As someone who has followed Randal's work for some time, this approach is nothing new. This is not to belittle him or his enterprise. It's quite clear that keeping Christians in the faith by removing issues that lead to apostasy is a large part of his mission and he approaches the topic admirably. This book isn't about winning new converts, Randal does that in other works (and neatly references them for future study).

What makes the book valuable is that he condenses all this into a mere 202 pages. I read the book in a few short hours and it was engaging. Randal's day job is a seminary professor and the book showcases his teaching bonafides as he illustrates complex philosophical and theological topics with easy to understand stories, examples, and plain good writing.

But isn't he wrong? How can you like this and disagree?

What I like a lot is how Randal doesn't pull punches on himself. Indeed sometimes Randal raises a question that he knows he can’t quite answer like in chapter 3 about the bible not being a good roadmap to salvation. What he does is provide an apologetic about how we shouldn't want the bible to be a roadmap - in fact because it’s not a roadmap it’s evidence that god never intended to give us one and that Randal is grateful for the complex book we have. 

But then at least he gives Mia (his devil’s advocate) the last word in the chapter, coyly pointing out that the question was never really answered.

This is hardly the norm, but it's indicative of the books overall point and afterword - that a believer is going to be left with lingering questions and they have to wrestle with them. What Randal is doing is providing them with a well reasoned framework to use in that journey. It's this honesty and call to an active faith that doesn't shy from doubts that I'm sure thoughtful believers will appreciate the most.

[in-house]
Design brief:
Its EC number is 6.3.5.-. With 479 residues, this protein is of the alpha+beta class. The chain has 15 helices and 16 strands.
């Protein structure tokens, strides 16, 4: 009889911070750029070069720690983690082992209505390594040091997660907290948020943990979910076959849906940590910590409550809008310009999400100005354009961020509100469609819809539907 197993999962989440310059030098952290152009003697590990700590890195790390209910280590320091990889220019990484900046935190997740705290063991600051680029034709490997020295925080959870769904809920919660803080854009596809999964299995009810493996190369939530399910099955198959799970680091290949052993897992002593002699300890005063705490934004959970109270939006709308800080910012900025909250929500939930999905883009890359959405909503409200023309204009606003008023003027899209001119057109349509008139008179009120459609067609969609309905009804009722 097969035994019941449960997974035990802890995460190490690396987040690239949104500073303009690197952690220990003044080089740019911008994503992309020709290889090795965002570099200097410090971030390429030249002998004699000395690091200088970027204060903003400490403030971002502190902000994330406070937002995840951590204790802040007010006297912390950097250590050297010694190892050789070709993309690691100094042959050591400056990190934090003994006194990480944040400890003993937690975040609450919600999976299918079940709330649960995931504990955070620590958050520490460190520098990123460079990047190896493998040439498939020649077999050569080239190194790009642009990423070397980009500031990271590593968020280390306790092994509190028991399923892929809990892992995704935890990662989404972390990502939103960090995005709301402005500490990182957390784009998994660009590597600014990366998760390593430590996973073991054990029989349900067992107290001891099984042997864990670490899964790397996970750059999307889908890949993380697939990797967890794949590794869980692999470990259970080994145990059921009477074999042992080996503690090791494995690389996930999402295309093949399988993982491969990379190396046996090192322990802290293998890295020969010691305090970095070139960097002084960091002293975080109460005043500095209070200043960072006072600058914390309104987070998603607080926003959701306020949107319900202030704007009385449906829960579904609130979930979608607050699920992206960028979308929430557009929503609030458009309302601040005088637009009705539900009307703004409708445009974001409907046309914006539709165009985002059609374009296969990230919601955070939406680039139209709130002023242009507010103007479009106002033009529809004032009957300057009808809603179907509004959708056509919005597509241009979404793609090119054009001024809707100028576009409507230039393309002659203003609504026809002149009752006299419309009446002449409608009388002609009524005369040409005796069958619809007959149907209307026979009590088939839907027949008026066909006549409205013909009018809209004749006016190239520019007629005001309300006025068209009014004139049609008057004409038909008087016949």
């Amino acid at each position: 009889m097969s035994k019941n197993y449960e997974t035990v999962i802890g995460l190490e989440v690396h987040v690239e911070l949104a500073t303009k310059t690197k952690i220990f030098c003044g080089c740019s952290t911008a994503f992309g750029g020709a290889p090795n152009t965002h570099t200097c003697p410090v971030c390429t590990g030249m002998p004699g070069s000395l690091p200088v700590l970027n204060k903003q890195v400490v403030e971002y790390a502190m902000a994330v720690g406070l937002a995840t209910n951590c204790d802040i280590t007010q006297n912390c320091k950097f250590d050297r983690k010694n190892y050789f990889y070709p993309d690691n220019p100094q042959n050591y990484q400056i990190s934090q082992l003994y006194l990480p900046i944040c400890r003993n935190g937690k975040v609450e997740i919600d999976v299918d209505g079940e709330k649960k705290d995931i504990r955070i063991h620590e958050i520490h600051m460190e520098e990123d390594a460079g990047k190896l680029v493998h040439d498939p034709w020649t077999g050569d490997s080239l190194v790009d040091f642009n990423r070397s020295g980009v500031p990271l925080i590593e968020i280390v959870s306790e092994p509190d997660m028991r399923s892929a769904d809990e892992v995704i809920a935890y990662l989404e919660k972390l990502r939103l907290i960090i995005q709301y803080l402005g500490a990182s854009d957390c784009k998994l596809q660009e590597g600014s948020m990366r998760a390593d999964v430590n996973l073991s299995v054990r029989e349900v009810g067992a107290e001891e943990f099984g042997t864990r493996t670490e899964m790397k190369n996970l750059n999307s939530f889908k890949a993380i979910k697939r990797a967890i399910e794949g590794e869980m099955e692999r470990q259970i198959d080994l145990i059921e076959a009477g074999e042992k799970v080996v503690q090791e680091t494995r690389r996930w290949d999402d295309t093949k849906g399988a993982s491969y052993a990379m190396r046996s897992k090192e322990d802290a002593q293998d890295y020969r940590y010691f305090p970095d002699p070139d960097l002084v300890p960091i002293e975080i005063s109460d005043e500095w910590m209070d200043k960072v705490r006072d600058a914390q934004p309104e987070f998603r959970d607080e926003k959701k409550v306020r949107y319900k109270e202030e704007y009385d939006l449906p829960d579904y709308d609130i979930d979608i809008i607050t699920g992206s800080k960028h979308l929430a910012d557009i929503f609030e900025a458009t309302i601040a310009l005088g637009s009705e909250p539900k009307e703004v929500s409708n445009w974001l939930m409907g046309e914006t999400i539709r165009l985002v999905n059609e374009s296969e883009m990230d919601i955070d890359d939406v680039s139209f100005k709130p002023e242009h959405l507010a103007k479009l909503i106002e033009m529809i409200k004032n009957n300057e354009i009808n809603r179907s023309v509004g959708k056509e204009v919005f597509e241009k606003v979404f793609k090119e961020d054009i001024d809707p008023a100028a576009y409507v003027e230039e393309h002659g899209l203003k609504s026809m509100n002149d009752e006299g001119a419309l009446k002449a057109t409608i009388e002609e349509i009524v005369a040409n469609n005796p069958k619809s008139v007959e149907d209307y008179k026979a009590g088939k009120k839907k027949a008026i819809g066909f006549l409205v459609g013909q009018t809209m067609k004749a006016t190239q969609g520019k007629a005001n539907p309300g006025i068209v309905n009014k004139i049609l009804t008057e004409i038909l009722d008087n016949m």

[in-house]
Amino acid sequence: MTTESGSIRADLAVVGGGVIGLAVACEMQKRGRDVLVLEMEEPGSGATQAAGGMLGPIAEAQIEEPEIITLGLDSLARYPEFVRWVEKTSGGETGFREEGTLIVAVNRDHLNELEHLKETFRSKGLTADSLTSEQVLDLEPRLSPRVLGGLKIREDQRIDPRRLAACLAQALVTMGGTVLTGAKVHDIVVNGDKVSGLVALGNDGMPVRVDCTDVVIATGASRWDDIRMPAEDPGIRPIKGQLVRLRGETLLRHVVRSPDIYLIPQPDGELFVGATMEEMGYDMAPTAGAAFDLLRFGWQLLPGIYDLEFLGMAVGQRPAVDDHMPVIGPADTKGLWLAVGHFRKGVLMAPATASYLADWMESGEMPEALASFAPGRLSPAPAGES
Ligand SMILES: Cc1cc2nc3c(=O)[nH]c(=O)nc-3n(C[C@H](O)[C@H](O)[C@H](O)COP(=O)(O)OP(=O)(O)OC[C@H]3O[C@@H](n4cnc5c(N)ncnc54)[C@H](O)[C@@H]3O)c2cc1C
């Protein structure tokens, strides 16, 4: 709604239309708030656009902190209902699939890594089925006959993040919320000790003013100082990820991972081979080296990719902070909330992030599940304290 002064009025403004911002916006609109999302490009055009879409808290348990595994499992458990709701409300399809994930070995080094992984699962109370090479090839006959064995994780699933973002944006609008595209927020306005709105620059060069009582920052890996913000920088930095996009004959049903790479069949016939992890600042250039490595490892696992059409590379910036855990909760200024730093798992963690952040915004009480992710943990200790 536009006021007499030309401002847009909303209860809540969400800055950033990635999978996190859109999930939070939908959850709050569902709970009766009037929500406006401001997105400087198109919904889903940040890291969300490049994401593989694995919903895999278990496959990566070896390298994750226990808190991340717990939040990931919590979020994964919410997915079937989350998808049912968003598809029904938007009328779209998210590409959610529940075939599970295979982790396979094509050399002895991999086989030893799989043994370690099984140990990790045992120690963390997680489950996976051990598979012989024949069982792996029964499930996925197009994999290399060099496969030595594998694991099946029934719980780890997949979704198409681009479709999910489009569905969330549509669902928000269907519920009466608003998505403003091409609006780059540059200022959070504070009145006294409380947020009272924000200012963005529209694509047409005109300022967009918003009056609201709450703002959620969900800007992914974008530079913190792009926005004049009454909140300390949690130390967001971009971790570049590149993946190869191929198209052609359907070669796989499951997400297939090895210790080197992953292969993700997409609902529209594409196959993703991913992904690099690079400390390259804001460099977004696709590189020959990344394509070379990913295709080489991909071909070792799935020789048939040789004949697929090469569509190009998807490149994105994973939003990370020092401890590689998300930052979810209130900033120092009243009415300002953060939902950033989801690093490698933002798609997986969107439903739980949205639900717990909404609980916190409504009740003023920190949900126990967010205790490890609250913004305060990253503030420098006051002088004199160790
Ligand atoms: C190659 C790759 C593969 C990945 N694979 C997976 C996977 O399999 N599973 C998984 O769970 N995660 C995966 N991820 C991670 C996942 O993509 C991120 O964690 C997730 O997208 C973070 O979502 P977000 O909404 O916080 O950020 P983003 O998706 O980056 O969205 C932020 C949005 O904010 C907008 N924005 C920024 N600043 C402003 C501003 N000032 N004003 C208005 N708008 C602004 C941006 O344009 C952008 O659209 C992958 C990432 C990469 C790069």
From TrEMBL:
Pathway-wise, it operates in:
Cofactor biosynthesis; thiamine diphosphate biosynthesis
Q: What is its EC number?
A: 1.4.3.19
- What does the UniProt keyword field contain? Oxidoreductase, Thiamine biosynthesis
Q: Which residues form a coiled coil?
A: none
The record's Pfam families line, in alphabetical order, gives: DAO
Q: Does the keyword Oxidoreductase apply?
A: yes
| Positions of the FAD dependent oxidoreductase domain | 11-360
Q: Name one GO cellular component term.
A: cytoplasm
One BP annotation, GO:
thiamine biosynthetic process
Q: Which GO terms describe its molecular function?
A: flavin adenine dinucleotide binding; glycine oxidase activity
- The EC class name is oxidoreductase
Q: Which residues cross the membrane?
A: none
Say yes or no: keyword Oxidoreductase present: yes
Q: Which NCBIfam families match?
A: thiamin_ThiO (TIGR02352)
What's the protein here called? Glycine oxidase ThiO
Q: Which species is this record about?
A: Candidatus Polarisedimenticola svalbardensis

While I disagree with much of his conclusions and I feel I could argue the point further in each chapter this isn't unexpected given the nature of the topic as I described earlier.  That said, I don't ever feel as if Mia was cut off prematurely so that Randal could make a neat apologetic point. 


While I'm an atheist "counter apologist" and I in particular want to see less Christians and less theists, I appreciate Randal's honesty and approach. I can happily concede that many will find his arguments persuasive even where I do not. 

Inevitably there will be Christians who doubt that will remain in the faith and if that's going to happen I'd prefer it was done with the well reasoned and honest arguments Randal presents instead of the false confidence pop-apologetics all too often instills in its readers.  At least those Christians will appreciate the true nature of the debate being had.

Also I should point out that the book is a mere $4.19 on Amazon Kindle! I've paid far more for far worse books written by lesser apologists. If you're interested in the debate at all (and who can't use some reading material in a self isolating pandemic) go buy a copy, for god's sake!